Finally it started. We were serenaded with the rousing Thunderbirds March accompanied on the big screen by photos from various shows.
The welcome was done by the club chairman, Nick Williams. And he told us things like how the map in the convention pack was already wrong, along with that the features were being held in the room we were in now, the sales and autograph signings were just outside the room the screenings were going to be held upstairs, as were the model displays (some original, some made by fans), workshops and traders.
He also said that the mark of a good convention is when you go away thinking “I wish I’d done/seen that.”
He also said that there were people from around the world attending: Canada, America, Japan, and probably the furthest was New Zealand. A cheer from our little group and my hand up in the air. Apparently there were a couple of ladies from New Zealand who left on Saturday afternoon and some guy – but I never spotted him. There were a lot of people that I would have liked to have spotted. There were quite a few I would have liked to have met!
The first screenings after the welcome were in the room we were in, so I remained glued to my seat for some “extras” that are on the US DVD of Captain Scarlet and the Mysterons. There were some new snippets of information, but like a lot of things like that, some repetition of what we already knew.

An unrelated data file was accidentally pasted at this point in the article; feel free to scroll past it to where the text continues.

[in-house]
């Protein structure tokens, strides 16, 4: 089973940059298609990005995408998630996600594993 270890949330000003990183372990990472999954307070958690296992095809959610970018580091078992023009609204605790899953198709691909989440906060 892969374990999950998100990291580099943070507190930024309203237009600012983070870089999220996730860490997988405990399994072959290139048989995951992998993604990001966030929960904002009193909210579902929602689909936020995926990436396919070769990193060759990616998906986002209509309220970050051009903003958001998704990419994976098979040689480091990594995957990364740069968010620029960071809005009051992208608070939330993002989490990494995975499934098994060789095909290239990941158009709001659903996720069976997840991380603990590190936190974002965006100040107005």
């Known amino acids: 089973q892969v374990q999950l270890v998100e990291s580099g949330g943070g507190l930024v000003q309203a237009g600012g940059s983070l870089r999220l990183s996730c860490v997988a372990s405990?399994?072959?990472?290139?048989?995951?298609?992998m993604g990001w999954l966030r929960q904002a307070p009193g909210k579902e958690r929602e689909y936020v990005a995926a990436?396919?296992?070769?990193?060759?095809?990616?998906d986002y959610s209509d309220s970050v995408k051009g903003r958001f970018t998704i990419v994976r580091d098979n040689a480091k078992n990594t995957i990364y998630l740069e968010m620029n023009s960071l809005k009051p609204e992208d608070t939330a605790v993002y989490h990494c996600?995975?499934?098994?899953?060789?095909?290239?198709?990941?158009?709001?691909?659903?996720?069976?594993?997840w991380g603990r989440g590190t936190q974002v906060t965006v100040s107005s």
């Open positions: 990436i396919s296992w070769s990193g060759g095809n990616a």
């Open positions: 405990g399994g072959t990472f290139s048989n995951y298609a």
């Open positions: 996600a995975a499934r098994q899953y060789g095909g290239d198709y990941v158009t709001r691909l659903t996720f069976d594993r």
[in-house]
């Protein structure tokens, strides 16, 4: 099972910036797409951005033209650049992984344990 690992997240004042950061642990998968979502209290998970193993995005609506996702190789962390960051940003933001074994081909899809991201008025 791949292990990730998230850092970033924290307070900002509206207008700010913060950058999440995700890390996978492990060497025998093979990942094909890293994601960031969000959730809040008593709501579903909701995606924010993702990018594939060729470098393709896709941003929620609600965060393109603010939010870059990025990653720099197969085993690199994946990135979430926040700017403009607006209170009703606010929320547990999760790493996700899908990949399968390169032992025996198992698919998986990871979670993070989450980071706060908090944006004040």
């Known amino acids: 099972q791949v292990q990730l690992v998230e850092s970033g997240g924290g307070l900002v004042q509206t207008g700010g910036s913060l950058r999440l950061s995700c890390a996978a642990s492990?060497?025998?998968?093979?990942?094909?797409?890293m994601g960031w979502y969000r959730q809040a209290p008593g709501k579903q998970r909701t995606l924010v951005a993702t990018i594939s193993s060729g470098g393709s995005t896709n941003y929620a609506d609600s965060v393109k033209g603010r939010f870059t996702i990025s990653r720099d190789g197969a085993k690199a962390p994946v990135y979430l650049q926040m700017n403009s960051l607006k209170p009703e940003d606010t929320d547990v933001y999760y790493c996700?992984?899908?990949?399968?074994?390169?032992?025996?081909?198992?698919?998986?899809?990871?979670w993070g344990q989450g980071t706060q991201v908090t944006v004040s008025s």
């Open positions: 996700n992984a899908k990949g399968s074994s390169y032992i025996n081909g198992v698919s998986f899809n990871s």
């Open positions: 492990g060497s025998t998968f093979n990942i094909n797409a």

I next stayed put for Brian Johnson and Mike Trim: part of the special effects team on Thunderbirds.
They told us a lot about what it was like working for Century 21 and under the special effect maestro Derek Meddings. (He went on to work on some “Bond” – James Bond and “Superman” films) They also explained how they got the jobs. (Mike Trim as a teenager, having gone to a job interview and been shown models from Stingray. “I can do that.” Which he undoubtably could.)
And, with Brian Johnson at least, how and why they left. He was offered a place in the “2001: A Space Odyssey” crew, and decided that it was time to leave when the Century 21 films crew were filming “Attack of the Alligators”. It’s fairly well known that the baby (about 4’ long) alligators loved the heat and humidity of the studio conditions and were happy to laze about doing nothing. To get them moving 50v welding rods were being held against them to give them a mild shock. Concerned about this, the RSPCA were called in. The inspector, a fan of Thunderbirds, took annual leave to help wrangle the alligators and suggested using 100v. (I think it’s volts and not watts.) As Brian Johnson didn’t like to see animals hurt (I like him!), he left.